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Protestors Rally Against Santa Barbara News-Press

An estimated 100 people demonstrated in front of the Santa Barbara News-Press offices Thursday night, just hours after the historic building was hit by vandals who spray painted slogans and fired paint ball splotches against a window.

Santa Barbara Police said damage estimates of almost $1,500 to the building and sidewalks nearby make the crime a potential felony, if anyone responsible for the damage was arrested.

Clean-up crews began power-washing the side of the newspaper building to remove graffiti Thursday morning. Sidewalks had yet to be cleaned as of Thursday night.

The vandalism came several days after a Saturday front page article in the News-Press on the new law allowing undocumented immigrants to apply for driver’s licenses from the Department of Motor Vehicles. The article included a photo of people at a DMV office with the headline “Illegals Line Up for Driver’s Licenses.”

A petition on the website demanded the newspaper retract the story and apologize to the community for what was called “hateful and racist language.” As of Thursday, 2,500 had supported the petition. A spot check of the petition indicated the majority of supporters were from outside Santa Barbara County.

Thursday afternoon, News-Press Director of News Operations Don Katich released this statement:

“It has been the practice for nearly 10 years at the Santa Barbara News-Press to describe people living in this country illegally as “illegals” regardless of their country of origin. This practice is under fire by some immigration groups who believe that this term is demeaning and does not accurately reflect the status of “undocumented immigrants,” one of several terms other media use to describe people in the Unites States illegally.

You have to look no further than the White House website to see the term “illegal” used when describing the 2 million illegal immigrants President Obama has deported since taking office for being in the U.S. illegally.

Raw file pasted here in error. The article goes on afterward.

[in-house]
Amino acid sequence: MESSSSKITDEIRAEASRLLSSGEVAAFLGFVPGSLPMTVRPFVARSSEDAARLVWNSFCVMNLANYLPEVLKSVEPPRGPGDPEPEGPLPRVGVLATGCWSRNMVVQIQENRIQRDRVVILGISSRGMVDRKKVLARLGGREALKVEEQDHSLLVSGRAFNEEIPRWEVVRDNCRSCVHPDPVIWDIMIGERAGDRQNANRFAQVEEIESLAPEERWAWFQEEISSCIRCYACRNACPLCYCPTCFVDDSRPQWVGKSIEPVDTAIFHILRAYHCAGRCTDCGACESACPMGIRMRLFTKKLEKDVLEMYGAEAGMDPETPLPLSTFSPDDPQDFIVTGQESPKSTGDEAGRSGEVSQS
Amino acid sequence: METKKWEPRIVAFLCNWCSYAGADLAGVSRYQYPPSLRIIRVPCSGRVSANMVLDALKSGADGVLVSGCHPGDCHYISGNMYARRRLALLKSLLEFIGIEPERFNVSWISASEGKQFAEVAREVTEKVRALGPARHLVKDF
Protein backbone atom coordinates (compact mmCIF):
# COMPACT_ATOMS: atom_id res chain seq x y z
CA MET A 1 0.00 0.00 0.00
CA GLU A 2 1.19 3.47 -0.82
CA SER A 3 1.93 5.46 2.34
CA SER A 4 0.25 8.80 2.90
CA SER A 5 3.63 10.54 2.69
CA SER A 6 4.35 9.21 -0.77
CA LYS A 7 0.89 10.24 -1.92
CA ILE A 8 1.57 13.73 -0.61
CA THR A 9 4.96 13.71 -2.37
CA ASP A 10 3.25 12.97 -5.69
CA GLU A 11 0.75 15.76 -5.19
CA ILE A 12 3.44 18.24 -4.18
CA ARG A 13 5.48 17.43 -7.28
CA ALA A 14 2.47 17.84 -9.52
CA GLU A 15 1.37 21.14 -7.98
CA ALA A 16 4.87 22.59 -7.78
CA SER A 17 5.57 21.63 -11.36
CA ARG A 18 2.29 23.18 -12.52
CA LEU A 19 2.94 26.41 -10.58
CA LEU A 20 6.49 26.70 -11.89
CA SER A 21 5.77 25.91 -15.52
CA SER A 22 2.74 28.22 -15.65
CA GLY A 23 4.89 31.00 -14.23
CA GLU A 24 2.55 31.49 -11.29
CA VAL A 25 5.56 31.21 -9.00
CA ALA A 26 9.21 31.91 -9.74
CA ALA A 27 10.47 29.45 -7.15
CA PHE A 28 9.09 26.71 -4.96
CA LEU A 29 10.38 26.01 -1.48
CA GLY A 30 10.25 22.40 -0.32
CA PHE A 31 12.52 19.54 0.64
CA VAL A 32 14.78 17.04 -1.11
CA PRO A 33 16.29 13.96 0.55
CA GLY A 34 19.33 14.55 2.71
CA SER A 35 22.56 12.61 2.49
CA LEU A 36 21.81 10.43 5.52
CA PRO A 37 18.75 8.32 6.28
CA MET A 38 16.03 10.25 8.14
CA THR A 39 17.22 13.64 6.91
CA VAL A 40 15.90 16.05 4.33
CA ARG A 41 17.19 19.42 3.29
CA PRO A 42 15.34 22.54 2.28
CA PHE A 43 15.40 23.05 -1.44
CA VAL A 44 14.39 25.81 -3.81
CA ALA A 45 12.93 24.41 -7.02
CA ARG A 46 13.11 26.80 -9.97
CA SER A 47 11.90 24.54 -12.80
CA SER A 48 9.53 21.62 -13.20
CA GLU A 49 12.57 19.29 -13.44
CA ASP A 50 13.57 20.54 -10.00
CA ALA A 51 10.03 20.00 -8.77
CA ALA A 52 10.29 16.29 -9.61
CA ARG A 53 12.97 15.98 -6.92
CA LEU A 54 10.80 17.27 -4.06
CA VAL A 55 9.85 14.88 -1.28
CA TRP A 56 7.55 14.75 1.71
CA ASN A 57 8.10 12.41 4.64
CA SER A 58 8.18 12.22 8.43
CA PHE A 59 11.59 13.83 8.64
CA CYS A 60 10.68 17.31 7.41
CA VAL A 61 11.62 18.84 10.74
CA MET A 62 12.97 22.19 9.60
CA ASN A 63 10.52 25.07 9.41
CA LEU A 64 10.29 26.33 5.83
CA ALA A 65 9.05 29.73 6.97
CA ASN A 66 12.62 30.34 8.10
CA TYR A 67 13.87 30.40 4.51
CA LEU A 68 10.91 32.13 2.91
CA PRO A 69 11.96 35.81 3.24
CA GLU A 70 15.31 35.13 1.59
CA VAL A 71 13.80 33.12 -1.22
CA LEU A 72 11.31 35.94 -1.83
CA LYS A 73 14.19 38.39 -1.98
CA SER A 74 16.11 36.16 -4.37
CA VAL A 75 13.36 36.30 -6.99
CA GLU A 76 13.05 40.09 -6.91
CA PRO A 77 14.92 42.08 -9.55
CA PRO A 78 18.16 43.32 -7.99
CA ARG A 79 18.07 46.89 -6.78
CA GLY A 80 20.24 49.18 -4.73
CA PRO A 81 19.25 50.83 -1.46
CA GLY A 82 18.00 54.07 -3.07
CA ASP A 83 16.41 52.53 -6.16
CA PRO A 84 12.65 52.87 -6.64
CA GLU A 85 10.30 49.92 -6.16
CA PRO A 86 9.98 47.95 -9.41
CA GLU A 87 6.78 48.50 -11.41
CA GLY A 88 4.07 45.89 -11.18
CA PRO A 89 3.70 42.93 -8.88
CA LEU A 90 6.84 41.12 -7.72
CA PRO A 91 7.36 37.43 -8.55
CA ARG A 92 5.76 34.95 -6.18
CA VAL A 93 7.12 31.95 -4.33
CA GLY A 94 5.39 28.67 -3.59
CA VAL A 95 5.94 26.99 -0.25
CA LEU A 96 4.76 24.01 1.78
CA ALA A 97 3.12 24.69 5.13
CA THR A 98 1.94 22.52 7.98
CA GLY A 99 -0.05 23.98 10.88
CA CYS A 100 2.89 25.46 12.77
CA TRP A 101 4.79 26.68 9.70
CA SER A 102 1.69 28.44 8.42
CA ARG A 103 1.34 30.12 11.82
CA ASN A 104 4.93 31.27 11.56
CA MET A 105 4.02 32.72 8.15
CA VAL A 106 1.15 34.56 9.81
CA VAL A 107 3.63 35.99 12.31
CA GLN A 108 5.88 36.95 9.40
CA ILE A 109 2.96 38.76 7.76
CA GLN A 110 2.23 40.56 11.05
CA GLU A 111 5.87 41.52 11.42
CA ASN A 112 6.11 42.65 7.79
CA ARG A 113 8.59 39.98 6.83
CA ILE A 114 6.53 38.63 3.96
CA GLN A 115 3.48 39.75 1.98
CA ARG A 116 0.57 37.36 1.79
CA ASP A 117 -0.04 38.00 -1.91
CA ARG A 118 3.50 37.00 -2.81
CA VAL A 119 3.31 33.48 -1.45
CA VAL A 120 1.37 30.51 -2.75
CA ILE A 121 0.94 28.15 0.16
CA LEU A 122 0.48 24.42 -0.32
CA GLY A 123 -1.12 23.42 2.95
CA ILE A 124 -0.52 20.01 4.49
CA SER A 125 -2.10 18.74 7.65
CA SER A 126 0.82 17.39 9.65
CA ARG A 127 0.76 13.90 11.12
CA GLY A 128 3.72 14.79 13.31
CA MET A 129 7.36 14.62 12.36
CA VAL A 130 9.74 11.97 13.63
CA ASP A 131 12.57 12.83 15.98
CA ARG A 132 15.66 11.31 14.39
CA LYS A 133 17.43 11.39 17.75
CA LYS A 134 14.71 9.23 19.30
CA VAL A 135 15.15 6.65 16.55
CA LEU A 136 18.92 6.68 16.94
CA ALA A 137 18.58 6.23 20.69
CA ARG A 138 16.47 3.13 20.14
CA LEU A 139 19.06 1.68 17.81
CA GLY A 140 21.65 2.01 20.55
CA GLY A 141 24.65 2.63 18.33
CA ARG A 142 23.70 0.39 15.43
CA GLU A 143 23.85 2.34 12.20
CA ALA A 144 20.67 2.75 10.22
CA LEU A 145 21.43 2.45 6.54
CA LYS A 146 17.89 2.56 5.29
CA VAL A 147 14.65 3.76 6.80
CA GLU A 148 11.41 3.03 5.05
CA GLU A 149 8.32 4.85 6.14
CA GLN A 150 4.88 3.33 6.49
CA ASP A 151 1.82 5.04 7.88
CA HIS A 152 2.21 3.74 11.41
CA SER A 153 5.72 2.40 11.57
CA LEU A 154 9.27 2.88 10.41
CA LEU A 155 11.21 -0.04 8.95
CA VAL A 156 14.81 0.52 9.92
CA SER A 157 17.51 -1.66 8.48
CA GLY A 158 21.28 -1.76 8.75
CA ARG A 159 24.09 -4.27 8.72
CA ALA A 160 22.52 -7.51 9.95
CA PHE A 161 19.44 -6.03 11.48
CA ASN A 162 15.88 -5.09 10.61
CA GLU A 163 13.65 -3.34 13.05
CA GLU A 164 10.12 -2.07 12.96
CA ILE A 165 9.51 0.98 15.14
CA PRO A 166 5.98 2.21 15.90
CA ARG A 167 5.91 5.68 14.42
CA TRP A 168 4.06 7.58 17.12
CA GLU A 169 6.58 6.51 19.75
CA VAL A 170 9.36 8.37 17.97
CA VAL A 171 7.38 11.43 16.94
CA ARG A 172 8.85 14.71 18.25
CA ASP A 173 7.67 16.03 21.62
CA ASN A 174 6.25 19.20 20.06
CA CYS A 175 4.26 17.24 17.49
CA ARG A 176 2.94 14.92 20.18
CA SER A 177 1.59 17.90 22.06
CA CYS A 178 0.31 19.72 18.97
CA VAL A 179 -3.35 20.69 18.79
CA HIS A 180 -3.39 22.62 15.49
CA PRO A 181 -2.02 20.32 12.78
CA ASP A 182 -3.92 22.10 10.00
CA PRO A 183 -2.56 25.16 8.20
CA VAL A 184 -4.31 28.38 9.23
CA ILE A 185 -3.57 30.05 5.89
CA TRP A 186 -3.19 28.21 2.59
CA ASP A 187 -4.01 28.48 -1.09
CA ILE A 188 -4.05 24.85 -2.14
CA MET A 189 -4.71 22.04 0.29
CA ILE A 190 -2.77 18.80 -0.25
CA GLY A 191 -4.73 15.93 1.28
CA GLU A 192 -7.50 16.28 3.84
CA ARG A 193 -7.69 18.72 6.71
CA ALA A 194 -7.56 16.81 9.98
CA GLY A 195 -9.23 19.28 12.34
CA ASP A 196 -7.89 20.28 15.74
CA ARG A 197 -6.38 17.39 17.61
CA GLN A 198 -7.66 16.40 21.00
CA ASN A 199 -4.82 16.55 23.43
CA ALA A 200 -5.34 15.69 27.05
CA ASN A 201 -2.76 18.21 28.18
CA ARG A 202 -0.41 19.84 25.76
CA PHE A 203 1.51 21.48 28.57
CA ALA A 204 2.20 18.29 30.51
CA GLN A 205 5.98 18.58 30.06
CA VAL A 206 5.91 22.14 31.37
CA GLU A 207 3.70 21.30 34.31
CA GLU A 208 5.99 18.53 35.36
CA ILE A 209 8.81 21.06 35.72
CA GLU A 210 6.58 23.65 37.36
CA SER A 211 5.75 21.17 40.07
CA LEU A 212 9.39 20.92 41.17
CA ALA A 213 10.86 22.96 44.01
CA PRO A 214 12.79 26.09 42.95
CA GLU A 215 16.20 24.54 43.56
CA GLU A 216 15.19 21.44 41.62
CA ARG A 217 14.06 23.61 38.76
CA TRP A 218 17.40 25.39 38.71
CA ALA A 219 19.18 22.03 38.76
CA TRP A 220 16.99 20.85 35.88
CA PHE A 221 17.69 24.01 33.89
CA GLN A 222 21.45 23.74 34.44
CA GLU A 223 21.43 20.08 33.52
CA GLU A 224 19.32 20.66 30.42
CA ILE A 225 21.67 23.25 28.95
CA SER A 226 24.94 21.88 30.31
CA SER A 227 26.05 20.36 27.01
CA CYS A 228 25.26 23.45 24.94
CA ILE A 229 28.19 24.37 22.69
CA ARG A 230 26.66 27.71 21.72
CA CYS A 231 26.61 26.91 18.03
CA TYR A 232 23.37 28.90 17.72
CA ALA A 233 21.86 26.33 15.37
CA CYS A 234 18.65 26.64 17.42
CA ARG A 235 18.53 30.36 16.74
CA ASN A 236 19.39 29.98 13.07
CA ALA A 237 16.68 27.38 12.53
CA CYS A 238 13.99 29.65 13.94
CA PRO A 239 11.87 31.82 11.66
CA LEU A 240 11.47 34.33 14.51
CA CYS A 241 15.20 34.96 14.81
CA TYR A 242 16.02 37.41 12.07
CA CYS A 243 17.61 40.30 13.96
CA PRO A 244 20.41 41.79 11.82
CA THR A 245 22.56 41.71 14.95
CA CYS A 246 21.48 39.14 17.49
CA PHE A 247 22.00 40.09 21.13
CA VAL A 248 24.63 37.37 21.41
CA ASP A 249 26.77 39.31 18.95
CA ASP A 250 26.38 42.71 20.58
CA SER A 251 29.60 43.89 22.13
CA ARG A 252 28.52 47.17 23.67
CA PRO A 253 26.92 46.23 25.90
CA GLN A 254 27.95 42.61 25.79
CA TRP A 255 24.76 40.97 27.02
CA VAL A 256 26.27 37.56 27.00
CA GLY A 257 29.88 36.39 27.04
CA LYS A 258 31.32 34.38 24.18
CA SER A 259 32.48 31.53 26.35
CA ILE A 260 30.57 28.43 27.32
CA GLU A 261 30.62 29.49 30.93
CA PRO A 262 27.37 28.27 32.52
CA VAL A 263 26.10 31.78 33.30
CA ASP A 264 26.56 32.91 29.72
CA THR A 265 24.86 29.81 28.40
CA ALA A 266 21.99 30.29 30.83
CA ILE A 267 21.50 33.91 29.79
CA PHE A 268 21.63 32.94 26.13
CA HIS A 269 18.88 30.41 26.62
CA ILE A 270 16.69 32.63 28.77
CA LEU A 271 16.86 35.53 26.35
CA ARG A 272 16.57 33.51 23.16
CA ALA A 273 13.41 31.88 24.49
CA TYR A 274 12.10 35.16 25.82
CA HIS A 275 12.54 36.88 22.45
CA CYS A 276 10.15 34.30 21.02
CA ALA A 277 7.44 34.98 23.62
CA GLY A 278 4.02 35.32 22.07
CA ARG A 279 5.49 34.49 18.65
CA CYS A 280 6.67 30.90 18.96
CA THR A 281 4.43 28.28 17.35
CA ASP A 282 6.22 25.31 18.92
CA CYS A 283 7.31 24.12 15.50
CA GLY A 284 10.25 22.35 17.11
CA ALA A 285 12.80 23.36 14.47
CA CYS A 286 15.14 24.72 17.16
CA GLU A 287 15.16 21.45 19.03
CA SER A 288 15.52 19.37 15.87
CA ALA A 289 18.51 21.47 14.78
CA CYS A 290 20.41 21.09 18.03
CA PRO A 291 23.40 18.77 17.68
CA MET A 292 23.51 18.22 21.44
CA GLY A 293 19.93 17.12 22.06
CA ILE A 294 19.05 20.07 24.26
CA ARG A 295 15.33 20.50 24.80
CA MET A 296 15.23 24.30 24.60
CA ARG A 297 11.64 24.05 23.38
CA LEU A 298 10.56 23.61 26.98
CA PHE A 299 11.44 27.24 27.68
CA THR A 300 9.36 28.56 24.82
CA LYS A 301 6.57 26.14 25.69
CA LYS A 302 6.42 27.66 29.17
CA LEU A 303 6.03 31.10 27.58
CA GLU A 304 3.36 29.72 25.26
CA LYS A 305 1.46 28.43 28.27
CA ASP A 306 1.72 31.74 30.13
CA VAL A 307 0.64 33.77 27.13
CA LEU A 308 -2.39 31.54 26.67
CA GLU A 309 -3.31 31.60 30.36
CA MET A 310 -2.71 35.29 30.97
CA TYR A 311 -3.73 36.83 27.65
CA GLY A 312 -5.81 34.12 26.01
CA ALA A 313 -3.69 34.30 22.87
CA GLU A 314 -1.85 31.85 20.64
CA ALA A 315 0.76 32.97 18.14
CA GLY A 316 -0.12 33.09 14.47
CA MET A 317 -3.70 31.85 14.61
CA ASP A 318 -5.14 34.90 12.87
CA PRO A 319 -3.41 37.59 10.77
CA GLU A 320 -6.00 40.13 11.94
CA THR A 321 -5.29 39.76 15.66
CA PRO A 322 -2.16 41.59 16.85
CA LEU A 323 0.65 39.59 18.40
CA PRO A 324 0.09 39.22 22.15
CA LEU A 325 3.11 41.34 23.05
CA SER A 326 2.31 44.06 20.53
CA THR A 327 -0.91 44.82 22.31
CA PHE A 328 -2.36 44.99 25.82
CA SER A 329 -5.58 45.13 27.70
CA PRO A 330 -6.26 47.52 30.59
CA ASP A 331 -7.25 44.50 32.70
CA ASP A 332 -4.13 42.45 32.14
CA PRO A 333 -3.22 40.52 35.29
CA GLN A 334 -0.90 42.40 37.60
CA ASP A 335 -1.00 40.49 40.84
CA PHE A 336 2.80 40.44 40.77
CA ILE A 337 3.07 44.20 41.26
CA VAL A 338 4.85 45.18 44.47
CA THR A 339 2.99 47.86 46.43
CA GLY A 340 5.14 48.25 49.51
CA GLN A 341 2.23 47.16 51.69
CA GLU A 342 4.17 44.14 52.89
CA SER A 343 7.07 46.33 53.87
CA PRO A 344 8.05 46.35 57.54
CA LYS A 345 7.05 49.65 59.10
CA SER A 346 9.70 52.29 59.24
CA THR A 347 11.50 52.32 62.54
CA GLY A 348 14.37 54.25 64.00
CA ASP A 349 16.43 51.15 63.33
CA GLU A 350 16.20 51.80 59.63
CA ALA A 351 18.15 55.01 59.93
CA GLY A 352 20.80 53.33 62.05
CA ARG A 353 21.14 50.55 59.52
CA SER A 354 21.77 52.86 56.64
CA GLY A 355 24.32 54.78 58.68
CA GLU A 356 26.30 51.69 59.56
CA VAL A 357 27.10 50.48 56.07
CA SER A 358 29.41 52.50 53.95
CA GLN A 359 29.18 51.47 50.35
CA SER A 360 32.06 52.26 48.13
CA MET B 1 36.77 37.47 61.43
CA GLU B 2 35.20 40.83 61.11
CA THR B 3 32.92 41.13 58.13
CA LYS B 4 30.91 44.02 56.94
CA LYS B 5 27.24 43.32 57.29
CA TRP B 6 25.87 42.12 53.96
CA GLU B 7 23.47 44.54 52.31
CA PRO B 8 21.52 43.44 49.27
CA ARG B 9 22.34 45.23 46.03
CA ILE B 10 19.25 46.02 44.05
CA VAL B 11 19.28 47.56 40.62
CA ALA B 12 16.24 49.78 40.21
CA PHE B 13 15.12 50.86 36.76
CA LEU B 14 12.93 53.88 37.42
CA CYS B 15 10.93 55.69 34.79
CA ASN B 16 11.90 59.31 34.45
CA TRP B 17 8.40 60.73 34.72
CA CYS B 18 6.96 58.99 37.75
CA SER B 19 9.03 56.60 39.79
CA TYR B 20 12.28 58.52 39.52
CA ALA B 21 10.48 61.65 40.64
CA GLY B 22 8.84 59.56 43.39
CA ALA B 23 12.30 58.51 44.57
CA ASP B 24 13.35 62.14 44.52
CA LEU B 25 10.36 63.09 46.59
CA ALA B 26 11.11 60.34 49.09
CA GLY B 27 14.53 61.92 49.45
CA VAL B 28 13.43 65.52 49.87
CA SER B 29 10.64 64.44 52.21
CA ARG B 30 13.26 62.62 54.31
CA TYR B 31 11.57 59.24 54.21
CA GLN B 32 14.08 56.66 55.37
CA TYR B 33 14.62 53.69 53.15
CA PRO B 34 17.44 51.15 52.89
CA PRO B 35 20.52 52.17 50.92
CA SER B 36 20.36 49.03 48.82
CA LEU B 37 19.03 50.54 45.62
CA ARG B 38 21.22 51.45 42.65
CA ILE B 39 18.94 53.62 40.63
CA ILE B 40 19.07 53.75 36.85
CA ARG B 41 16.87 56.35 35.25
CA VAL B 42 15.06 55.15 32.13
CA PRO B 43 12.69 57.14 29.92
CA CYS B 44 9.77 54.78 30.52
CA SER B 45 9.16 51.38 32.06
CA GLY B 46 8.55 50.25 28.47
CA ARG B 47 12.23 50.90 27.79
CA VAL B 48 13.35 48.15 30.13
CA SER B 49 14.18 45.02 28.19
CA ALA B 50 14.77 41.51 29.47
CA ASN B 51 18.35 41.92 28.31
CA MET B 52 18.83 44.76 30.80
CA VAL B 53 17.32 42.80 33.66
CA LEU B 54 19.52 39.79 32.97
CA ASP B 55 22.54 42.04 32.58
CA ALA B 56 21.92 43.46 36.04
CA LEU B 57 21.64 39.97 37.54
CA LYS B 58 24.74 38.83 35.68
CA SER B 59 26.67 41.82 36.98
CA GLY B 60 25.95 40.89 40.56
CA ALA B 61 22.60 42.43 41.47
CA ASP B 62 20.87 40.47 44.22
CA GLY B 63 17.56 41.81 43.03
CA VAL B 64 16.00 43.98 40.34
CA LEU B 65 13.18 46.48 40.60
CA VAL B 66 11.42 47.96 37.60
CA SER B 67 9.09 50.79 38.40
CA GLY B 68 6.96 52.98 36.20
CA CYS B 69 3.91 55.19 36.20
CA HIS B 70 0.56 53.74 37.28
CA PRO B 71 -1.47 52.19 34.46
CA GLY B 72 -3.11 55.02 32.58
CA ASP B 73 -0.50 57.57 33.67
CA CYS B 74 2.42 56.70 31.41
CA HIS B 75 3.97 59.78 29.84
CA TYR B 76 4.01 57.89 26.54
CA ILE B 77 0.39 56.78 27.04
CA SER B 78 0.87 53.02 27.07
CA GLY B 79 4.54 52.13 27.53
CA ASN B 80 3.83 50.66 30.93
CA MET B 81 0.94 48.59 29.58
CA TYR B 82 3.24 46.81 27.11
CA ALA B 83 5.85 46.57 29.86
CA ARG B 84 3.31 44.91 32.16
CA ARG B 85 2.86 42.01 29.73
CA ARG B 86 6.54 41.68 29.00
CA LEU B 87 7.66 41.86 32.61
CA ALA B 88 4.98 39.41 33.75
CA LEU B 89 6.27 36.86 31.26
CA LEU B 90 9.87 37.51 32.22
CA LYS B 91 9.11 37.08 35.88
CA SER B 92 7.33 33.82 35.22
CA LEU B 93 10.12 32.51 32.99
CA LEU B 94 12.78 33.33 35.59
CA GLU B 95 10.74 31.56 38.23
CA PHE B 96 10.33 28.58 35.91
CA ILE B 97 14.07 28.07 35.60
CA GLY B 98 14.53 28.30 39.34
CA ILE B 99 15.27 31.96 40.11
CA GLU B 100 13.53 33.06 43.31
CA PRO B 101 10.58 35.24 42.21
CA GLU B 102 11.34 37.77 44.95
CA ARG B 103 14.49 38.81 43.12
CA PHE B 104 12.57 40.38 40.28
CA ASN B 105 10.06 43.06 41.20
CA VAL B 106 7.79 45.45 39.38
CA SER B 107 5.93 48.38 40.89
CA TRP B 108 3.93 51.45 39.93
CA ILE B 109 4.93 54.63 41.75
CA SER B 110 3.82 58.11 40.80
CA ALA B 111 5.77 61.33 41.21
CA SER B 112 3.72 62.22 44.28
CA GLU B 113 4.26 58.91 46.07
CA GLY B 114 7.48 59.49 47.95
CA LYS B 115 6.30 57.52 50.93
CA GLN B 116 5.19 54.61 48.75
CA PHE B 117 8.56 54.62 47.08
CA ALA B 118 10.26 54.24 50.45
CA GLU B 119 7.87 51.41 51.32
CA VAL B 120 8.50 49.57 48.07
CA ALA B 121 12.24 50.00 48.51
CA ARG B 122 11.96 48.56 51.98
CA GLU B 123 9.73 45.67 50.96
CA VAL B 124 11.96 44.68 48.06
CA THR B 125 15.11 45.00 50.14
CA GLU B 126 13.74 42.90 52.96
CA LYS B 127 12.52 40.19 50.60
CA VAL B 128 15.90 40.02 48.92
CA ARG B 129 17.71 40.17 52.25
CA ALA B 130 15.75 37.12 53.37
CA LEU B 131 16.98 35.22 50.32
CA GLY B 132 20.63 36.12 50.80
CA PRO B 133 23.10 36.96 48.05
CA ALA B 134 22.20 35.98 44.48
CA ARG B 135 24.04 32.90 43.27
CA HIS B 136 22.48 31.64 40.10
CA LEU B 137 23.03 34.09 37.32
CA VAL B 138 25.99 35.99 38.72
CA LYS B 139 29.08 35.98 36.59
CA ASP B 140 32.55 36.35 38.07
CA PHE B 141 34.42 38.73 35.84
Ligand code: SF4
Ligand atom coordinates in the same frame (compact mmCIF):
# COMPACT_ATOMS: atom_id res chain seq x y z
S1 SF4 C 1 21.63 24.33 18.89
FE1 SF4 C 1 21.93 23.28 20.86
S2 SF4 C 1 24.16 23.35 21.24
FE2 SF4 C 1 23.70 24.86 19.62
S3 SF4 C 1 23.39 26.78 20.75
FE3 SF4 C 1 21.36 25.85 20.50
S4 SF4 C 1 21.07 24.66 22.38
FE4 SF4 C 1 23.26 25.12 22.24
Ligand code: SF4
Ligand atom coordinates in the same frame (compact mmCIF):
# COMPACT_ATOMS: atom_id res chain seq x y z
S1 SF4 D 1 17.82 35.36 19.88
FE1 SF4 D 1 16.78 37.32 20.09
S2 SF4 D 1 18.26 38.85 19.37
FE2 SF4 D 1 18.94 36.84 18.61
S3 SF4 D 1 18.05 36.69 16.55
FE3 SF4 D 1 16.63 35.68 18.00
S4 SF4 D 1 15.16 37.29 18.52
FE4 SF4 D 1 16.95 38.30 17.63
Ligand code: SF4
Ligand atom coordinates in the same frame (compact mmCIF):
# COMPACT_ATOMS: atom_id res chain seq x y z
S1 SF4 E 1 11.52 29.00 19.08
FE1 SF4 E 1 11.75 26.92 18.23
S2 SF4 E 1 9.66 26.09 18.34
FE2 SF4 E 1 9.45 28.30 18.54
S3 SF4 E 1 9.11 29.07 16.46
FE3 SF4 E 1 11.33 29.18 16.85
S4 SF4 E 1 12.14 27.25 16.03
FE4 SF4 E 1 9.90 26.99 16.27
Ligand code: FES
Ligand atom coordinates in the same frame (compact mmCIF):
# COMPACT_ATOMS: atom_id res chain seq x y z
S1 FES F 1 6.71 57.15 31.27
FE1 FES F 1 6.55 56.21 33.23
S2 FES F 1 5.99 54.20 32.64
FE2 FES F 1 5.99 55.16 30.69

It is an appropriate term in describing someone as “illegal” if they are in this country illegally.

The colossal mess that describes the U.S. immigration policy is a product of unenforced laws, conflicting legislation, unsecured borders, executive action and political pandering. However the most egregious aspect of the U.S. immigration condition is the appearance of lawlessness that subjects millions of people living in this country illegally as pawns in a never-ending game of political posturing.

The outrage voiced by immigration advocates should be directed at the current immigration system that takes years of bureaucratic red tape to complete. This outrage is shared by those who go through the process legally and stand at the end of the line of those who skirt U.S. law.

Ours is a system of laws, a system so valued that people from around the world – including many from lawless nations – flock here to be a part of it. The United States of America affords those seeking it a lawful immigration process; it also affords the politically persecuted a haven from persecution. With this freedom comes responsibility. As history has shown, some choose to wait out the process, while others choose to come here on their own terms. The latter are illegal in the eyes of this valued system and the Santa Barbara News-Press calls them so.

When breaking the law becomes the norm, America is no better than other lawless nations.”

(emphasis added)

At Thursday night’s demonstration, protestor Anthony Rodriguez criticized the newspaper’s policy.

“That word is ridiculous. Uncalled for. You need to understand we don’t degrade people. We’re all human beings,” Rodriguez said.

Santa Barbara City Councilwoman Cathy Murillo attended the rally in support of the protestors.

“It’s energizing people. We need to have respect for our immigrant families in the city of Santa Barbara. The economy runs on the service workers. They deserve more respect than the headline,” Murillo said.

The group staged a peaceful walk down State Street after about an hour in front of the newspaper’s offices. Demonstrators told reporters they would return on January 19 if there was no retraction or change in policy.

Earlier in the week, critics referred to a “Stylebook” from the Associated Press, used by some news agencies for wording, grammar and language guidelines on published material. In 2013, the Stylebook advised writers to stop using the word “illegal” when referring to an undocumented immigrant.

A posting of the change on the AP website said “The Stylebook no longer sanctions the term “illegal immigrant” or the use of “illegal” to describe a person. Instead, it tells users that “illegal” should describe only an action, such as living in or immigrating to a country illegally.”

The AP Stylebook is advisory only and it is not uncommon for news organizations to set their own editorial policies.

The News-Press has published Letters to the Editor both against and in support of the original article.

Santa Barbara Police continue to investigate the vandalism, with no arrests made to date.

Slideshow: Protestors Rally Against Santa Barbara News-Press

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